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Not going to write a long story about this (although it’s actually a great story), but on June 20th 2007 I got married again! Poo – my girlfriend and fiancee since July last year – and I decided that it was time to legalize our relationship. We both wanted to do this for a long time, but I was actually hoping that it would have been possible to wait so that our Lama Ole Nydahl could marry us, when he was in Copenhagen June 18th and 19th. But he didn’t have time until the summer course in the Buddhist Center of Lolland in July. And that meant that it was too late, as Poo’s visa otherwise would expire on July 9th.
So we had to do now. Later we will properly do it again with Lama Ole and again later when we have the actual wedding party with familly and friends in Thailand.
But for now our day was just together with a few good friends, my mother and sister and her husband. It was in the local cityhall and didn’t take more than 15 minutes, including the glass of port they served. And then we went up the local town square in Hillerød, when we had a nice lunch.
It was a very beautiful and nice day. And I’m so happy to be married again. Especially to such a beautiful and wonderful wife, which I love very much!
It’s been a loooong time since I’ve updated my site. I’m sorry! But I’ve been very busy. Traveling a lot. Too much. But also many other things.
My last post was about my trip to Mumbai in India in January. After this I was back to Thailand to meet Poo. Then I was home but back again in February. Here my trip was to Bangkok, 2 days to Hong Kong (nice city – my second visit), Bangkok again and then Singapore (first time – quite ok city) to finish off in Bangkok. In March I was home in Denmark most of the time. But in April I was back in Bangkok. Work, but also vacation. Poo and I was invited to our friends Nicke and Eads wedding in Phuket (April 7th). And then I had a 2 days visit in Kuala Lumpur in Malaysia (good city) before I was back in Phuket. Here it was time for Songkran, the Thai new year festival, where everyone is getting really wet and drunk for several days. A lot of fun!
After Phuket I went to Taipei in Taiwan for a few days (working). Here I was up in the Taipei 101 Tower – the tallest building in the world. With that, then I’ve been in the 5 tallest buildings in the world. 101, Petronas Tower, Sears Tower, World Trade Center (ok – it’s gone now – but it was) and Empire Trade Building.
When I came back to Bangkok after Taiwan it was time to say goodbye to Poo’s family. She had her new visa to come back to Denmark and would meet me in Copenhagen when I came back to. But first I had to go to Mumbai again!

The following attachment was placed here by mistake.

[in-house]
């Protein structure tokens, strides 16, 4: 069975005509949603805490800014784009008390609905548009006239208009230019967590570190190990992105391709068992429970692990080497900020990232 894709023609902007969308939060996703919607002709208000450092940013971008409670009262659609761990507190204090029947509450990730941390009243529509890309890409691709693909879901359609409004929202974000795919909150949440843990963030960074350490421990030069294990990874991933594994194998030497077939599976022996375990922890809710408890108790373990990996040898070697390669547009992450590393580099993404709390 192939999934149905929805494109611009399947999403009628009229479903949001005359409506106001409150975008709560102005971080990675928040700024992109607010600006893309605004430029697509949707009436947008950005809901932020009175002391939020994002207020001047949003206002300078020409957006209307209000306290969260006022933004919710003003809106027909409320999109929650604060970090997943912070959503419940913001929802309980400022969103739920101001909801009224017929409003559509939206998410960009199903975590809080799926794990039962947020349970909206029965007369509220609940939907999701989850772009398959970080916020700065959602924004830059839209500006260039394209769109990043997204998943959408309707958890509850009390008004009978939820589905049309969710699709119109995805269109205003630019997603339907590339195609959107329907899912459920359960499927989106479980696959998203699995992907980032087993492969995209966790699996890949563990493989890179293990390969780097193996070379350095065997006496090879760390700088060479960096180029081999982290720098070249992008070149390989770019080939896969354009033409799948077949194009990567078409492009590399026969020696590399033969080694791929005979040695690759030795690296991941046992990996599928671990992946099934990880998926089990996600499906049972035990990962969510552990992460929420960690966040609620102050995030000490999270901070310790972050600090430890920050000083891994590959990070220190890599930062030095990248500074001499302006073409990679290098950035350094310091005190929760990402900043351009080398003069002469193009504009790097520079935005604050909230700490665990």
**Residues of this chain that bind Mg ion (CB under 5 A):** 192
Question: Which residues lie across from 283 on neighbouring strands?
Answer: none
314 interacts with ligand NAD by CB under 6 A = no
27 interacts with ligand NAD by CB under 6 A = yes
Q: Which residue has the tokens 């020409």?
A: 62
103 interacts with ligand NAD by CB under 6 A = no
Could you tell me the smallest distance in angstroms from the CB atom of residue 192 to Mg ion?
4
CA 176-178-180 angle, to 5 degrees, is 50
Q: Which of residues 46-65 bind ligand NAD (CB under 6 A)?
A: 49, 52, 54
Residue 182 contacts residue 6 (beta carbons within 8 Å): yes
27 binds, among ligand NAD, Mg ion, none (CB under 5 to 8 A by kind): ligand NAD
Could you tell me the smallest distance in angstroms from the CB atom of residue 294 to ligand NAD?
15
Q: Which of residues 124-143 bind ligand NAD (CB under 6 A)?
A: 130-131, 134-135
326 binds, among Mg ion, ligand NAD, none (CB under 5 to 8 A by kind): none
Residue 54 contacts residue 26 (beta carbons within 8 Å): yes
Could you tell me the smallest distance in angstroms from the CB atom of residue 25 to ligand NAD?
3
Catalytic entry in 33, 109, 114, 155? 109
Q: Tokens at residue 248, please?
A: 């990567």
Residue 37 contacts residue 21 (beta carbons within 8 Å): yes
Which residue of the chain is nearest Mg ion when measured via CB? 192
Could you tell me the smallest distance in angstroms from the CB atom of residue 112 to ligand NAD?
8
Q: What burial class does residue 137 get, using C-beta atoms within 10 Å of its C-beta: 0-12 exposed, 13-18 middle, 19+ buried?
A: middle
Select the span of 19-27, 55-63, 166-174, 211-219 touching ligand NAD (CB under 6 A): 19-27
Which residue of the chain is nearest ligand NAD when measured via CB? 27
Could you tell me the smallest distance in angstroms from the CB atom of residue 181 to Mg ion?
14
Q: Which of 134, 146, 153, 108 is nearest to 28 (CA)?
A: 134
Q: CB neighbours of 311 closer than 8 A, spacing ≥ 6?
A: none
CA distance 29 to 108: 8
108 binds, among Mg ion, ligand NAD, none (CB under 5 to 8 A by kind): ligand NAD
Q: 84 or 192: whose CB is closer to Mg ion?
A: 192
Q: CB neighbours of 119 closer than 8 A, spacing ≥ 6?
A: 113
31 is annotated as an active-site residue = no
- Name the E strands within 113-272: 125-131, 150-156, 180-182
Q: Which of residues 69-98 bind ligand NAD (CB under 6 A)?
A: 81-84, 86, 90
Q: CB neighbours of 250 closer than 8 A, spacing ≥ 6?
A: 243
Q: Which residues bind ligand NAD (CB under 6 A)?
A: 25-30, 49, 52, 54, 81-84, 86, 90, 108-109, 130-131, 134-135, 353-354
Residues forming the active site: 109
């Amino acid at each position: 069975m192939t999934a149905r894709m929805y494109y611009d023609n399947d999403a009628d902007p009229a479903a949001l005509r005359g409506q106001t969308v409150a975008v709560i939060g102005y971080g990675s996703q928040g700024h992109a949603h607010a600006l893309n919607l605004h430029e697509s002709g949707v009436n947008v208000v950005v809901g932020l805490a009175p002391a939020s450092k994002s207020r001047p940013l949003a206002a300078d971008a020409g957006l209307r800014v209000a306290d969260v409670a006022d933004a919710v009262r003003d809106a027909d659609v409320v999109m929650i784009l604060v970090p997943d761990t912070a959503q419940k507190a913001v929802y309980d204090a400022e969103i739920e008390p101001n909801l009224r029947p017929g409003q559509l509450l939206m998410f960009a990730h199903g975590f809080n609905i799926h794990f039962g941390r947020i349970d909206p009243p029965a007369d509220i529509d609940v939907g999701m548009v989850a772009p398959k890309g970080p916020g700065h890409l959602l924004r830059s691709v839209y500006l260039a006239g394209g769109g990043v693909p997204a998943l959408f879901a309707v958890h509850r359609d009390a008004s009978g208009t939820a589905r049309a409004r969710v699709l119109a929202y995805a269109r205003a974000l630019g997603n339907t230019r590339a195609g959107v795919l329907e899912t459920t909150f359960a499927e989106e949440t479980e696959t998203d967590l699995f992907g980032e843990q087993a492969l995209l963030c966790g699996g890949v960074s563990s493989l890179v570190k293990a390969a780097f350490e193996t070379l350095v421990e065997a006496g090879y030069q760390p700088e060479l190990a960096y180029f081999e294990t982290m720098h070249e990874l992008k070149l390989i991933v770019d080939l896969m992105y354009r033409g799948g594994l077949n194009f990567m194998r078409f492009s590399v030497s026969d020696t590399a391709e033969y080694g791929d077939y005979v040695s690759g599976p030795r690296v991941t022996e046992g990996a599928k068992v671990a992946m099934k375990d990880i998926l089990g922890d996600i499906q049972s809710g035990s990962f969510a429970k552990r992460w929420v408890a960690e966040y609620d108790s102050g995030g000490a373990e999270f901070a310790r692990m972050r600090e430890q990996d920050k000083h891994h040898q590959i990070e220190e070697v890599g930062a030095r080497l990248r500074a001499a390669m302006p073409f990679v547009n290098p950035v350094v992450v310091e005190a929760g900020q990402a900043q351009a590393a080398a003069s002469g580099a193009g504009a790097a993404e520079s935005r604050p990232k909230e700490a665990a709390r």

Finally I came back again to Denmark on April 26th – but that was one day before plan, as our meeting in Mumbai was faster than planned. So I had one day to prepare for Poo’s arrival on April 27th.
It was so good to have her back in Denmark! And the girls was also very very happy to see her again.
In May I wasn’t doing any travel. At least not until May 29th. – here it was back to Kuala Lumpur over Bangkok for 4 days (weekend also) and the to Taipei again. Going back I could not get a seat on the flight to Copenhagen on June 5th. – so I had to say one night in Bangkok. It was almost like coming home! NICE! I also had a lot of things to do in Bangkok. Go to the Embassy to get some documents for the visa application for Poo’s children. And then a lot of shopping. Poo had given me a long shopping list of things I had to buy. Although I didn’t manage to find everything, then I did buy a lot, and she was very proud when I came home with all the items for cooking (fresh vegtables, noodles and many different fish souces). In fact when I left Denmark my bag weight was 15 KG – going back it was 47 KG!
Last week I was in India for the first time in my life. As part of my job I visited the head office the subsidiary of ISS in India.
I flew Lufthansa over Frankfurt and arrived in the airport in Mumbai around 1:30 am. And wow! India is very different from anything I’ve seen so far. I should I say heard! Actually both! The noise there is very different. It’s like no Indian can drive more than 10 meters without using their horns. And then there’s of cause the way they drive!!! It goes very good together! I’m surprised that no more accidents actually happens, and that traffic despite that sometimes flows!
I stayed at the JW Marriott hotel. A nice international hotel, that looked just like every other international hotel (Sheraton, Grand Hyatt, Hilton, Intercontinental etc.). The only surprise was actually the price. About USD 400 per night! That’s rates that are around USD 100 higher than in Bangkok. But it was a nice hotel, very high service.
And it was also the location of one of Mumbai’s best discos – The Enigma – where a lot of the local Bollywood stars comes. We (Mikkel and I) went there two nights for a short visit. When we first came there, it felt almost like going back to the early 80’s. Not only because most of the boys there, where dressed like that (actually more like how they looked in the Spanish Disco’s in the 80’s), but also for the way they where dancing. It reminding me a lot about the school parties I went to in 5-6 grade! Get the picture?